Sunday, November 17, 2013

Blog Tour Guest Post: Whisper Falls by Elizabeth Langston

I am very excited to be hosting a guest post by Elizabeth today. I really enjoyed her debut novel Whisper Falls (see my review HERE) and am excited to be bringing you even more from her!

Title: Whisper Falls
Author: Elizabeth Langston
Series: Stand Alone
Published By: Spencer Hills (November 19, 2013)
Source: ARC Copy Provided by the Publisher (in exchange for an honest review)
Genre: YA Paranormal/Time Travel
My Rating: 3.5 to 4 Stars!

Book Description:

While training for a mountain bike race, high-school senior Mark Lewis spots a mysterious girl dressed in odd clothing, standing behind a waterfall in the woods near his North Carolina home. When she comments on the strange machine that he rides, he suspects something isn’t right. When Susanna claims to be an indentured servant from 1796, he wonders if she's crazy. Yet he feels compelled to find out more.

Mark enters a ‘long-distance’ relationship with Susanna through the shimmering--and temperamental--barrier of Whisper Falls. Curious about her world, Mark combs through history to learn about the brutal life she's trapped in. But knowledge can be dangerous. Soon he must choose between the risk of changing history or dooming the girl he can't stop thinking about to a lifetime of misery.

About the Author:

Hello, I'm Elizabeth Langston, and I write fiction for young adults. My debut novel, Whisper Falls (Whisper Falls, #1), releases November 19, 2013. 

I live in North Carolina and work in the computer industry for my day job. I have two YA daughters and one really old husband. At night, when I'm not writing, I'm watching TV (So You Think You Can Dance, The Daily Show, Castle) or reading (and that is all over the place.)

Guest Post:
How did I pick the two eras in Whisper Falls?

A librarian in New Zealand deserves the credit.

In 2009, I went on a family vacation to NZ. We visited the local library in a small town on the South Island. While my daughters were checking their email on a public computer, I talked to the YA librarian. I asked her what would make an American YA historical interesting to NZ teens. She said, “No wars.”

Okay, then.

A few months later, I decided to play around with an idea from a Twilight Zone episode that I’d seen in the 1980s. In “A Message From Charity”, a modern-day guy “meets” a colonial girl through a rock. Charity had been accused of witchcraft during the Salem Witch Trials.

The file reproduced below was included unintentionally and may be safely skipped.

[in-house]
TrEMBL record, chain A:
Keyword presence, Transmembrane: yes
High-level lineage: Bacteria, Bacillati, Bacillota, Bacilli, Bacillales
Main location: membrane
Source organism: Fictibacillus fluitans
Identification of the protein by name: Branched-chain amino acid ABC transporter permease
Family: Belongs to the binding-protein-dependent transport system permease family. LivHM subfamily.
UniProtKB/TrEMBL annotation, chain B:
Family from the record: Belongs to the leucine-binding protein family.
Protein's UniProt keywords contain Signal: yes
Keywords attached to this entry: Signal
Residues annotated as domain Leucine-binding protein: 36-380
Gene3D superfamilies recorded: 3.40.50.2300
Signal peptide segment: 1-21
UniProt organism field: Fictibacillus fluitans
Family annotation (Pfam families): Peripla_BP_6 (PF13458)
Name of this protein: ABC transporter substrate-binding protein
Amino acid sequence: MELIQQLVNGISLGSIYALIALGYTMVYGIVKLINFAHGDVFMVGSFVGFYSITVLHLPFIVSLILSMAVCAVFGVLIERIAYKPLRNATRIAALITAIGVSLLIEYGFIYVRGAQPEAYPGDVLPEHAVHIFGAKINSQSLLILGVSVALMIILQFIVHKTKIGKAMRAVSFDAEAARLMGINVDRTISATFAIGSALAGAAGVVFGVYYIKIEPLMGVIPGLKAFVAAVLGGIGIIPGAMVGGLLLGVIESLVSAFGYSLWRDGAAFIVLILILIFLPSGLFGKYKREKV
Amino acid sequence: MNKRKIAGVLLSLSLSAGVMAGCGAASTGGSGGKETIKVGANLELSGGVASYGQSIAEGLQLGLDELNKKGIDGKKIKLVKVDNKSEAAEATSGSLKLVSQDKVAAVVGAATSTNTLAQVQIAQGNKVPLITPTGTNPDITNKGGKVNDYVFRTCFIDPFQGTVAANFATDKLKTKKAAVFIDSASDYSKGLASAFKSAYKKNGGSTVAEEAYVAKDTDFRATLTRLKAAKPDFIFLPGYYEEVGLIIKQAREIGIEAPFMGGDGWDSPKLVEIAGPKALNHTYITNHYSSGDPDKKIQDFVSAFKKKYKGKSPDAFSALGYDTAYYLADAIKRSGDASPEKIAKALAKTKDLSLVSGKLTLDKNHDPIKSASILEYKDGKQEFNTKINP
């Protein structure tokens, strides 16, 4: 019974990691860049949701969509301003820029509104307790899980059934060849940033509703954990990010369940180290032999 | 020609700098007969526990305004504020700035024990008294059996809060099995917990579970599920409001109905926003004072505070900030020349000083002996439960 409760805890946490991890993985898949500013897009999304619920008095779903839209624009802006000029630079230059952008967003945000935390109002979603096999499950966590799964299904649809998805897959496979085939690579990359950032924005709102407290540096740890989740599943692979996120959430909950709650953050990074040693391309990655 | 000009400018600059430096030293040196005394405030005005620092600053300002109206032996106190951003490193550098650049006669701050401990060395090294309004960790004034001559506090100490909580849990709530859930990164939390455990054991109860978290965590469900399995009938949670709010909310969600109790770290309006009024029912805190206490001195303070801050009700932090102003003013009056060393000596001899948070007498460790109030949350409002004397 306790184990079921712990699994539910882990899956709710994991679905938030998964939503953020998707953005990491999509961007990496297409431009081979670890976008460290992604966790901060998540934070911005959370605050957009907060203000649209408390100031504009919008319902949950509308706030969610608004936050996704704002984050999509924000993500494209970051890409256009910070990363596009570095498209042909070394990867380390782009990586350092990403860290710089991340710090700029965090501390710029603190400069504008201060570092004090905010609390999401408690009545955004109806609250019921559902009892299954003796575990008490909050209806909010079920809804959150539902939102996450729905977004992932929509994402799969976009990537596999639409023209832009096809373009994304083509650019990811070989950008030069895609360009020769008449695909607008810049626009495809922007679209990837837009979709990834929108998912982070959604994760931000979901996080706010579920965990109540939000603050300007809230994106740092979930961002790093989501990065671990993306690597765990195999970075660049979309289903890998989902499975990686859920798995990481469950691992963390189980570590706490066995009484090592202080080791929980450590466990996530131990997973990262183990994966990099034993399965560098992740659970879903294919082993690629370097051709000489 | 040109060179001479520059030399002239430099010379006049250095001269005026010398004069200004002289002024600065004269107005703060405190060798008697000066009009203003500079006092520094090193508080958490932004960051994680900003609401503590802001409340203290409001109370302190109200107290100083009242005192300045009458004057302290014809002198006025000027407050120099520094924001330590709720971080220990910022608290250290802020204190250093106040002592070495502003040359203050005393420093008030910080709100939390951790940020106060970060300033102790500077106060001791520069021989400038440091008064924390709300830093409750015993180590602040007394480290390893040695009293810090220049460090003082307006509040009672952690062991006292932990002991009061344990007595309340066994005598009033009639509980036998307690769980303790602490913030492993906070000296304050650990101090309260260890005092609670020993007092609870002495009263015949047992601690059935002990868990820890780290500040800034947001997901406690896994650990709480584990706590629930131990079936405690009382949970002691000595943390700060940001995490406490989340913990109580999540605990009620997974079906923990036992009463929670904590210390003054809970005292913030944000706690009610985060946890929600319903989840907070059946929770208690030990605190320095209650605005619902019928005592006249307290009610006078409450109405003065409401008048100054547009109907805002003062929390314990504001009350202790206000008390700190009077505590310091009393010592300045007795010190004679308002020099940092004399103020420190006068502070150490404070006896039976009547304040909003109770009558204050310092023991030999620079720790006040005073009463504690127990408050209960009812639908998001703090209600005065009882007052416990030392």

I didn’t want to use the ending of that story, or the setting, or the rock.

But I did like the skeleton of the idea. With all of the research I’d done on 18th century North Carolina, I knew that my heroine would be Susanna, an indentured servant girl living near Raleigh.  That librarian’s comment helped me narrow Susanna’s world to the period between the American War for Independence and the War of 1812. Based on some actual historical events in Raleigh and Wake County, NC, 1796 became the perfect year for Susanna’s half of Whisper Falls.

Choosing the year for Mark became even easier. I wanted him to have the exact same calendar as Susanna. 1796 and 2016 are both leap years beginning on a Friday.

Mark’s year gave me a little bit of a headache because it hadn’t happened yet. Who would be president then? Would we still be using smartphones and iPads? Might a natural disaster ruin some of the landmarks I mention? I had to be careful with some of those details.

I also had to revisit some of my research. Until I began Whisper Falls, most of my historical research had covered the colonial period of America. I had to refresh my data to include the time period when George Washington was president. But I didn't mind. I think research can be fun. Fortunately, the food, clothing, transportation, homes, culture, etc were somewhat similar in the decades between the 1770s and 1790s.

So, thank you to the librarian in Port Chalmers, NZ. You pointed me in the right direction—and the history was just waiting there for me, full of great stories.


  1. I remember your review for this one and it sounded like a great read. I like the guest post too. Thanks for sharing Ali :)

  2. I used to say that fantasy just wasn't my genre, but now I'm addicted to it. :)
    I remember your review, Ali, and Whiser Falls sounds great.

  3. I am the opposite I think. I use to love Fantasy genre, but lately I stopped reading as much of it :(

  4. Sorry guys, I have the guest post all fixed now!

  5. I do remember your review of this one and have been curious about it. First of all, I'm jealous she got to visit NZ!!!
    I like that this one isn't set during any wars. That's a good point, many YA HF is during a war and war related.

  6. Fascinating interview, I am always curious about how ideas and books come to be.

  7. I remember reading your review on this and thought it sounded interesting. I like that she put a lot of time and effort into researching it. The whole calendar thing is a cool twist.

  8. Great guest post. This is such an interesting book.

  9. Well if this isn't an endorsement for librarians rocking the planet, I don't know what is. :-) Awesome guest post, and the book sounds wonderful too!